US Attorney General Jeff Sessions [official profile] will not renew the National Commission on Forensic Science (NCFS) [official website], according to a statement [press release] released Monday. The NCFS is a 30-member group of scientists, academics, law enforcement officials, prosecutors, defense attorneys and judges originally commissioned [press release] in 2013 by the Department of Justice (DOJ) during President Obama’s administration. The commission is set to expire April 23, and continued efforts to “advance forensic science and combat violent crime” will be handled by the Task Force on Crime Reduction and Public Safety, a committee established [press release] by executive order under President Trump. Sessions commended the efforts of the NCFS in his statement.
As we decide how to move forward, we bear in mind that the Department is just one piece of the larger criminal justice system and that the vast majority of forensic science is practiced by state and local forensic laboratories and is used by state and local prosecutors. We applaud the professionalism of the National Commission on Forensic Science and look forward to building on the contributions it has made in this crucial field.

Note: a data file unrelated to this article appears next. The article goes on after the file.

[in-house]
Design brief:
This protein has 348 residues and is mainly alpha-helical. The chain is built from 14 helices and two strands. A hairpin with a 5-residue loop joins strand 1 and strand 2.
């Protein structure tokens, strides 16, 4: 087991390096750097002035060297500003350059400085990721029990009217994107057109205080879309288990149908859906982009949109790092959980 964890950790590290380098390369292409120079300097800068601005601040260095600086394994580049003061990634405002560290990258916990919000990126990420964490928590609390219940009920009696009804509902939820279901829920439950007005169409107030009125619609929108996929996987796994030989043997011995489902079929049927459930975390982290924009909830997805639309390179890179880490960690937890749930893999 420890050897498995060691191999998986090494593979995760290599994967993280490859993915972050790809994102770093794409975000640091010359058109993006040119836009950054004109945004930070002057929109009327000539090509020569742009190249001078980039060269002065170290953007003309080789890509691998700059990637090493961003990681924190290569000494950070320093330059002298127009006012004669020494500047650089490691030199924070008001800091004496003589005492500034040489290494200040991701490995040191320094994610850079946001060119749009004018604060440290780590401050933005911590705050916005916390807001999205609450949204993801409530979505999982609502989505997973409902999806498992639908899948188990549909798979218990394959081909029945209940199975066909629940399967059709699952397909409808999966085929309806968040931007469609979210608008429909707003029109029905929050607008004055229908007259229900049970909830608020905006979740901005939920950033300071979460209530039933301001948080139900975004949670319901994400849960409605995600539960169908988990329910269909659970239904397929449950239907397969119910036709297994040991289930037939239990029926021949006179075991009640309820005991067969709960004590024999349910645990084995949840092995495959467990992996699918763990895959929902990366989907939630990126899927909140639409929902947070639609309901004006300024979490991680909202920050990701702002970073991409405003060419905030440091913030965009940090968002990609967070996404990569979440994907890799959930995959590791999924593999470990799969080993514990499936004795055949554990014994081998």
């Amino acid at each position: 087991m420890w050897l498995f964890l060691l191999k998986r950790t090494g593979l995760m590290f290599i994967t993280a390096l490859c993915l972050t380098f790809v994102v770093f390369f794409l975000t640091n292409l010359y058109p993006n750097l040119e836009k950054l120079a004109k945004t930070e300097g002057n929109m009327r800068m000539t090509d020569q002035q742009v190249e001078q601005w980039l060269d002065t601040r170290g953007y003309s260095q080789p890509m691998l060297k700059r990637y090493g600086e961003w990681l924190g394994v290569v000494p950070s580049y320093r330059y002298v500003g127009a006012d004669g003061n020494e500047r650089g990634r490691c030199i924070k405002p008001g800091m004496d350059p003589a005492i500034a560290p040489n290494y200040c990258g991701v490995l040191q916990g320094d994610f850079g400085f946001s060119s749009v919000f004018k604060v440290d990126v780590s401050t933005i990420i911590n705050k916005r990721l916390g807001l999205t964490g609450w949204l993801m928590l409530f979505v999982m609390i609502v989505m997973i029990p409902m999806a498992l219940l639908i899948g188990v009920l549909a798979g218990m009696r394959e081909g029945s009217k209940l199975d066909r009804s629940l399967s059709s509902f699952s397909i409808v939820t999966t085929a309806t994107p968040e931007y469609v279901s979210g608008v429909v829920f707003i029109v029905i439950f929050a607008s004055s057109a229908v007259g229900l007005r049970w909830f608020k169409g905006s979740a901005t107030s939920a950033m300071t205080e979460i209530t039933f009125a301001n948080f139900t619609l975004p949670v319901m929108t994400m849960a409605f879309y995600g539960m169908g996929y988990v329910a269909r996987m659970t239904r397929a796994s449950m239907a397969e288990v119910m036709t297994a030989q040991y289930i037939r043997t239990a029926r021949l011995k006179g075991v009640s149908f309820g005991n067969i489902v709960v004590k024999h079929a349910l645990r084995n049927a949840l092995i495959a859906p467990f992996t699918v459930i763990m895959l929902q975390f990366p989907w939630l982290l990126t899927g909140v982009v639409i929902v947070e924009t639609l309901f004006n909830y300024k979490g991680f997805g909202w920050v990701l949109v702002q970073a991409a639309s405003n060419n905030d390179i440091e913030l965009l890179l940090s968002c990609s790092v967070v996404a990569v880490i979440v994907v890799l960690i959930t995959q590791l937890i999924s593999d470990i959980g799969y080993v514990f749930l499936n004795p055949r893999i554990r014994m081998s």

The DOJ will seek public comment through the Federal Register [government website] on how it should move forward with forensic science issues. The deadline to comment is scheduled for June 9.
Trump has been very proactive signing executive orders at the start of his term as president, with many orders targeting crime. In February Trump signed three executive orders aimed at targeting drug cartels, and creating the Task Force to reduce crime and stopping crimes against law enforcement. In January, the president signed an order [JURIST report] aimed at reducing the number of federal regulations. Also in his first weeks of office Trump signed orders withdrawing the US from the Trans-Pacific Partnership, preventing foreign non-governmental organizations supporting abortions from receiving US funding, and withholding federal funding [JURIST reports] for so-called “sanctuary cities.”